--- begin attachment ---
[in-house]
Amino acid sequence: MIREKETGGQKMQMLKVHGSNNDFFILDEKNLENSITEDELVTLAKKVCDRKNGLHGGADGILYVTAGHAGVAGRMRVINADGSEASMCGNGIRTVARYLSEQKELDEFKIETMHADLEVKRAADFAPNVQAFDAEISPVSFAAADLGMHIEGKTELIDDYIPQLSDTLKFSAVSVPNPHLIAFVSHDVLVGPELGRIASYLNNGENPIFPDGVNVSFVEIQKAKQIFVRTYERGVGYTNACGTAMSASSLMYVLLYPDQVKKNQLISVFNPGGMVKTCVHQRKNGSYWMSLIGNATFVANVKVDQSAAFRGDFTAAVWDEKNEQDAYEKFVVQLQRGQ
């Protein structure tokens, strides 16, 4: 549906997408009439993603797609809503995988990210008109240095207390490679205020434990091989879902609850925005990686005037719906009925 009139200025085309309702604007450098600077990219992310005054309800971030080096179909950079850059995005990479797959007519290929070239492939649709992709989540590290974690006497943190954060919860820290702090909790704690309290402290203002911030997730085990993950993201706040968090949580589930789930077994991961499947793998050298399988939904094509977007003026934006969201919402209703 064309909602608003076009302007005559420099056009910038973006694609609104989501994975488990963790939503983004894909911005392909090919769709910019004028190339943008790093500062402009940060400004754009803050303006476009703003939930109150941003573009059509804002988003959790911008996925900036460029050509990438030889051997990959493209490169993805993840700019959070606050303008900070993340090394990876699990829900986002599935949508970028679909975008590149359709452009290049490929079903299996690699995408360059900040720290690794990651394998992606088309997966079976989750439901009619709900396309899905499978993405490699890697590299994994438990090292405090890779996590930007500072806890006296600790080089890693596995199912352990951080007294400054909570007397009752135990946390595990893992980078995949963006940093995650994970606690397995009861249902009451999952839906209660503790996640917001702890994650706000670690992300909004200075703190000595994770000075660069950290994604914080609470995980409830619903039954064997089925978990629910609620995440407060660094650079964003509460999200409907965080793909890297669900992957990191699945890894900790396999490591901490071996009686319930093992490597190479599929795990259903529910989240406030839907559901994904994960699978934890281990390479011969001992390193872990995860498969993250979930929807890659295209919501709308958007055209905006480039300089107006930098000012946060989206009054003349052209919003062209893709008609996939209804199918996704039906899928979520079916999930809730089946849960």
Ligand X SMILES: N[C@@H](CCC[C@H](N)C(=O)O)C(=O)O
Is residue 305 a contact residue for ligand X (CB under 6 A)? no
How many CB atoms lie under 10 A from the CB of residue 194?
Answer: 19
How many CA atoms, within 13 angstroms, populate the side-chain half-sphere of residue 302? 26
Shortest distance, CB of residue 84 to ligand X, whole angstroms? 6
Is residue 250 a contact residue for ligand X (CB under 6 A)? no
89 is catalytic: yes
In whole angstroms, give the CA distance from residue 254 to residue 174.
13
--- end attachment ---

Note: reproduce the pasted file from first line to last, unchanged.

[in-house]
Amino acid sequence: MIREKETGGQKMQMLKVHGSNNDFFILDEKNLENSITEDELVTLAKKVCDRKNGLHGGADGILYVTAGHAGVAGRMRVINADGSEASMCGNGIRTVARYLSEQKELDEFKIETMHADLEVKRAADFAPNVQAFDAEISPVSFAAADLGMHIEGKTELIDDYIPQLSDTLKFSAVSVPNPHLIAFVSHDVLVGPELGRIASYLNNGENPIFPDGVNVSFVEIQKAKQIFVRTYERGVGYTNACGTAMSASSLMYVLLYPDQVKKNQLISVFNPGGMVKTCVHQRKNGSYWMSLIGNATFVANVKVDQSAAFRGDFTAAVWDEKNEQDAYEKFVVQLQRGQ
């Protein structure tokens, strides 16, 4: 549906997408009439993603797609809503995988990210008109240095207390490679205020434990091989879902609850925005990686005037719906009925 009139200025085309309702604007450098600077990219992310005054309800971030080096179909950079850059995005990479797959007519290929070239492939649709992709989540590290974690006497943190954060919860820290702090909790704690309290402290203002911030997730085990993950993201706040968090949580589930789930077994991961499947793998050298399988939904094509977007003026934006969201919402209703 064309909602608003076009302007005559420099056009910038973006694609609104989501994975488990963790939503983004894909911005392909090919769709910019004028190339943008790093500062402009940060400004754009803050303006476009703003939930109150941003573009059509804002988003959790911008996925900036460029050509990438030889051997990959493209490169993805993840700019959070606050303008900070993340090394990876699990829900986002599935949508970028679909975008590149359709452009290049490929079903299996690699995408360059900040720290690794990651394998992606088309997966079976989750439901009619709900396309899905499978993405490699890697590299994994438990090292405090890779996590930007500072806890006296600790080089890693596995199912352990951080007294400054909570007397009752135990946390595990893992980078995949963006940093995650994970606690397995009861249902009451999952839906209660503790996640917001702890994650706000670690992300909004200075703190000595994770000075660069950290994604914080609470995980409830619903039954064997089925978990629910609620995440407060660094650079964003509460999200409907965080793909890297669900992957990191699945890894900790396999490591901490071996009686319930093992490597190479599929795990259903529910989240406030839907559901994904994960699978934890281990390479011969001992390193872990995860498969993250979930929807890659295209919501709308958007055209905006480039300089107006930098000012946060989206009054003349052209919003062209893709008609996939209804199918996704039906899928979520079916999930809730089946849960």
Ligand X SMILES: N[C@@H](CCC[C@H](N)C(=O)O)C(=O)O
Is residue 305 a contact residue for ligand X (CB under 6 A)? no
How many CB atoms lie under 10 A from the CB of residue 194?
Answer: 19
How many CA atoms, within 13 angstroms, populate the side-chain half-sphere of residue 302? 26
Shortest distance, CB of residue 84 to ligand X, whole angstroms? 6
Is residue 250 a contact residue for ligand X (CB under 6 A)? no
89 is catalytic: yes
In whole angstroms, give the CA distance from residue 254 to residue 174.
13